Unraveled, chaotic meals could be a thing of the past for burrito lovers thanks to a group of engineering students from Johns Hopkins University and their lunch-saving invention. Dubbed'Tastee Tape', the invention is simply edible sticky tape designed to hold a burrito together while it's being eaten. 'Tastee Tape allows you to put full faith in your tortilla and enjoy your meal, mess-free,' said Tyler Guarino, who led the project. Unraveled, chaotic meals could be a thing of the past for burrito lovers thanks to a group of engineering students from Johns Hopkins University and their lunch-saving invention. Dubbed'Tastee Tape', the invention is simply edible sticky tape designed to hold a burrito together while it's being eaten The team tested a'multitude' of ingredients and combinations before settling on a final recipe.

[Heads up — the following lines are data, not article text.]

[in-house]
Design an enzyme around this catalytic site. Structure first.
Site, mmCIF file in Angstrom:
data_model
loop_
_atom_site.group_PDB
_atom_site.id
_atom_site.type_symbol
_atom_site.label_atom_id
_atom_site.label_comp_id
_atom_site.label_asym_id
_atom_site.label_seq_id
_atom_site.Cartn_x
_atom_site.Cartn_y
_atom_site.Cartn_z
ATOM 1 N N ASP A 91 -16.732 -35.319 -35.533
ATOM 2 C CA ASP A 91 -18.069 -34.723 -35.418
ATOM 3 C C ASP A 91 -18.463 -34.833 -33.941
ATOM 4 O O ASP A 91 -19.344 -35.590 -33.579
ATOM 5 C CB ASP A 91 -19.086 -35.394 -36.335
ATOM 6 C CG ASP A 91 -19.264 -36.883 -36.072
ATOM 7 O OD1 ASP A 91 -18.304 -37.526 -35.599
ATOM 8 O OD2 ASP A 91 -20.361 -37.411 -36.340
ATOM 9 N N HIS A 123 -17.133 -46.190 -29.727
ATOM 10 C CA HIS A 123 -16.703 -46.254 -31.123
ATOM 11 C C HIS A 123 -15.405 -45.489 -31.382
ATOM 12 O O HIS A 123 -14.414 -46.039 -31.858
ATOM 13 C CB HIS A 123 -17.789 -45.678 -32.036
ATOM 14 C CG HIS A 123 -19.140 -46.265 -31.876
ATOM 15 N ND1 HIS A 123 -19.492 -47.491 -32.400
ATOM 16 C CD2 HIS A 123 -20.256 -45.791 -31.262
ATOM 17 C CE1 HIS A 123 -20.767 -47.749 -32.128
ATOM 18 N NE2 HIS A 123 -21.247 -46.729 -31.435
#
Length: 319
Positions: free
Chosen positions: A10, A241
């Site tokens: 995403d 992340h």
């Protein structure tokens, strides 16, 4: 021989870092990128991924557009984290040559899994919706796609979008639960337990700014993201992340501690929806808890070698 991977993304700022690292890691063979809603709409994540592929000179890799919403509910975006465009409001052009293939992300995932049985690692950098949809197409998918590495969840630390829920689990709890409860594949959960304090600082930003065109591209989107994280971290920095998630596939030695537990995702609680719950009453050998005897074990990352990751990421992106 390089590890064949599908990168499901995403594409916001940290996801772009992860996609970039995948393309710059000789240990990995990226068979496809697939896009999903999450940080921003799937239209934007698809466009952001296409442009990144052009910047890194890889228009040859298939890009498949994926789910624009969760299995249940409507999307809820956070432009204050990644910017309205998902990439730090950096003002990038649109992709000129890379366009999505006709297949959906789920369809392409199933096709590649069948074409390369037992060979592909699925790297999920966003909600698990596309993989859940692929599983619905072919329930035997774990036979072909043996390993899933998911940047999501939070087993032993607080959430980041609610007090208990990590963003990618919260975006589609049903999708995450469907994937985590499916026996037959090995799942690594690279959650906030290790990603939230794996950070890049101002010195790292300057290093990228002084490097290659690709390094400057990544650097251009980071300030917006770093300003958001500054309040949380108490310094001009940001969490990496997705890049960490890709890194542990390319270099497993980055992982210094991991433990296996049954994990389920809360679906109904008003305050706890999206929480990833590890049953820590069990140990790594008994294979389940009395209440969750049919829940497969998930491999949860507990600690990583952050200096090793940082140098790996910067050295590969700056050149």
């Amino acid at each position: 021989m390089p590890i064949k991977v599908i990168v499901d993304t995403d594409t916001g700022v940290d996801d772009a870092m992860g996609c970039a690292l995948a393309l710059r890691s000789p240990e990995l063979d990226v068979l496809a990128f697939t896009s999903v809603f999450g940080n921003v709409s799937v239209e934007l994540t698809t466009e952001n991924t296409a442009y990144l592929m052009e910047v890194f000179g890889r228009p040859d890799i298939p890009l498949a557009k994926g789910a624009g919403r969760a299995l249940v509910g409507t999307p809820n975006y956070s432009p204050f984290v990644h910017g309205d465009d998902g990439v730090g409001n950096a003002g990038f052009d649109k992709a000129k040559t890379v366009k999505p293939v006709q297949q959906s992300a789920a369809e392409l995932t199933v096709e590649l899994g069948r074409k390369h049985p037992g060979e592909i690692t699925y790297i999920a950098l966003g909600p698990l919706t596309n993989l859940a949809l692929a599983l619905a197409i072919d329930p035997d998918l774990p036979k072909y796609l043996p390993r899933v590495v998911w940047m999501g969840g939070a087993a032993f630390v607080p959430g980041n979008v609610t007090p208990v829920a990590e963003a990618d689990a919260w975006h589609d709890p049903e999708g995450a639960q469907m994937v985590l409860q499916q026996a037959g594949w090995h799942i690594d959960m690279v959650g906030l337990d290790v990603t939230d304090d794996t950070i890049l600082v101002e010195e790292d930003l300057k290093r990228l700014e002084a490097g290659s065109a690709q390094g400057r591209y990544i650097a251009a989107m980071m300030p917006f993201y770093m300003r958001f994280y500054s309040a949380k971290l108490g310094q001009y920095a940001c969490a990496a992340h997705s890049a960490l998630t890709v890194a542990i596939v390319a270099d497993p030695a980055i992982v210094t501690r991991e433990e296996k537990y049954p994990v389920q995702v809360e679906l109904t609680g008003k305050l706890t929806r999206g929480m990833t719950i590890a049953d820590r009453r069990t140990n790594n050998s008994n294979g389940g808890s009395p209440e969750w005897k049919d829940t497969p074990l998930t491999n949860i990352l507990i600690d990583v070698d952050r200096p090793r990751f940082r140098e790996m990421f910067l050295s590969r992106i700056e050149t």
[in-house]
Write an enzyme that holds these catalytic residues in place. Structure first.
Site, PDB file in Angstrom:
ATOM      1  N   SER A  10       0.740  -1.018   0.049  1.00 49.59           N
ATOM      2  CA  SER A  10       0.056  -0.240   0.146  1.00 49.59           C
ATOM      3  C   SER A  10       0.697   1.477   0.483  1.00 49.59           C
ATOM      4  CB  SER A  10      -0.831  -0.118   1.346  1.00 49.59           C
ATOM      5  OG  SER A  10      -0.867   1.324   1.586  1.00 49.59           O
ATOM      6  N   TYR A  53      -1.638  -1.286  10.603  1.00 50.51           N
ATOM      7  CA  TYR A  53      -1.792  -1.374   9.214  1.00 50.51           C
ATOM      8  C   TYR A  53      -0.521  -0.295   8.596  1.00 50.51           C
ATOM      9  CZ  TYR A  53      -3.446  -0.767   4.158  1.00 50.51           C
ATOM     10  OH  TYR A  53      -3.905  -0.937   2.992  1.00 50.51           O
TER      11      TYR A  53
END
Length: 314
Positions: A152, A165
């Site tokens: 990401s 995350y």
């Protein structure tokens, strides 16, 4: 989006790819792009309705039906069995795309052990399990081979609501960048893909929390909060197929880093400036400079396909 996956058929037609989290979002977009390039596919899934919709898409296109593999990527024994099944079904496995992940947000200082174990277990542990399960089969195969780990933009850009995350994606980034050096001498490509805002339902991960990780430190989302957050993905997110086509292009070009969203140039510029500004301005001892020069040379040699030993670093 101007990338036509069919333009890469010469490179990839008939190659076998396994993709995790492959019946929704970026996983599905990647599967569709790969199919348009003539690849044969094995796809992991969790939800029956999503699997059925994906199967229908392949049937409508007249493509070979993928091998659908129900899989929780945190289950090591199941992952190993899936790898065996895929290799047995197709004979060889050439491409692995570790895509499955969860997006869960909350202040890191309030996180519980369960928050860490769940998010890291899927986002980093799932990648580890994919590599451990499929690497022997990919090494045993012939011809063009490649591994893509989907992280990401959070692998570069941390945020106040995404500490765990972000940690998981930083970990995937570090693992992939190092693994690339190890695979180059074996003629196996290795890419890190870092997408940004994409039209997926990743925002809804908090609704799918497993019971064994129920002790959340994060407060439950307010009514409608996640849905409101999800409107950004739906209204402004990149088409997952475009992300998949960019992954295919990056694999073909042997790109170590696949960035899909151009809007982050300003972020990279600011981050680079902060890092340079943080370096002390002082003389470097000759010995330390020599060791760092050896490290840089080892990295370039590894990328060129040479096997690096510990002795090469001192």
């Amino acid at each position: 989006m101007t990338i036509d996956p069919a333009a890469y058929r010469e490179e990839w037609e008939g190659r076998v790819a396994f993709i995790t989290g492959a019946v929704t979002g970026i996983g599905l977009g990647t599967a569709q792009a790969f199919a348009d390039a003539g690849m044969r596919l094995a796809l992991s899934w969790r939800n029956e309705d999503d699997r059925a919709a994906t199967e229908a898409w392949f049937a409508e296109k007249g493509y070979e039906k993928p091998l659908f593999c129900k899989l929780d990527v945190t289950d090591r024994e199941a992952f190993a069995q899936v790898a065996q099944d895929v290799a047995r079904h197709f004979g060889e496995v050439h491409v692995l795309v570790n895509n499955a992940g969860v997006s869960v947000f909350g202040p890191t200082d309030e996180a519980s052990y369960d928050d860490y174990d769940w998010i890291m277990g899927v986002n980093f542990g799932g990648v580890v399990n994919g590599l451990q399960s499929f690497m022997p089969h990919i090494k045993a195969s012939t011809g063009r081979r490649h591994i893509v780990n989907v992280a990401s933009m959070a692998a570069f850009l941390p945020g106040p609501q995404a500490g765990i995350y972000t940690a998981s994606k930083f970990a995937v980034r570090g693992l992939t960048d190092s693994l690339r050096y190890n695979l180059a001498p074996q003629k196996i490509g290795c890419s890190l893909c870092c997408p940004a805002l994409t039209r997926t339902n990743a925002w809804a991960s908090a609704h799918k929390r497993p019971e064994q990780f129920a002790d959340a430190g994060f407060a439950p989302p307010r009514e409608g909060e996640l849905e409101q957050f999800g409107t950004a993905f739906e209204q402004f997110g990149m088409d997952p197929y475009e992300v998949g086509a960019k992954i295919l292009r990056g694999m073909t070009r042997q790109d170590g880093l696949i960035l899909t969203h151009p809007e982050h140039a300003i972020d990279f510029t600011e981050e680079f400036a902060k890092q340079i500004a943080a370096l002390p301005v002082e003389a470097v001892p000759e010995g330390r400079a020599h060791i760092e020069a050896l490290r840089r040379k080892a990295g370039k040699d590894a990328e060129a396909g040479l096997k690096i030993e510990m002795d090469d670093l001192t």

If you spend too much time on your smartphone, scientists have a list of 10 solutions that can help you cut back on screen time. The small but effective changes can help curb smartphone addiction and mental health issues such as depression, say experts at McGill University in Canada. In experiments, people following the strategies reduced their screen time, felt less addicted to their phone and improved their sleep quality, the experts report. Among the 10 strategies are changing the phone display to'greyscale' so the display appears black and white, and disabling facial recognition as a method of unlocking the screen. A black and white screen makes smartphones'less gratifying' to look at compared to the bright colours offered by app icons such as TikTok and Instagram.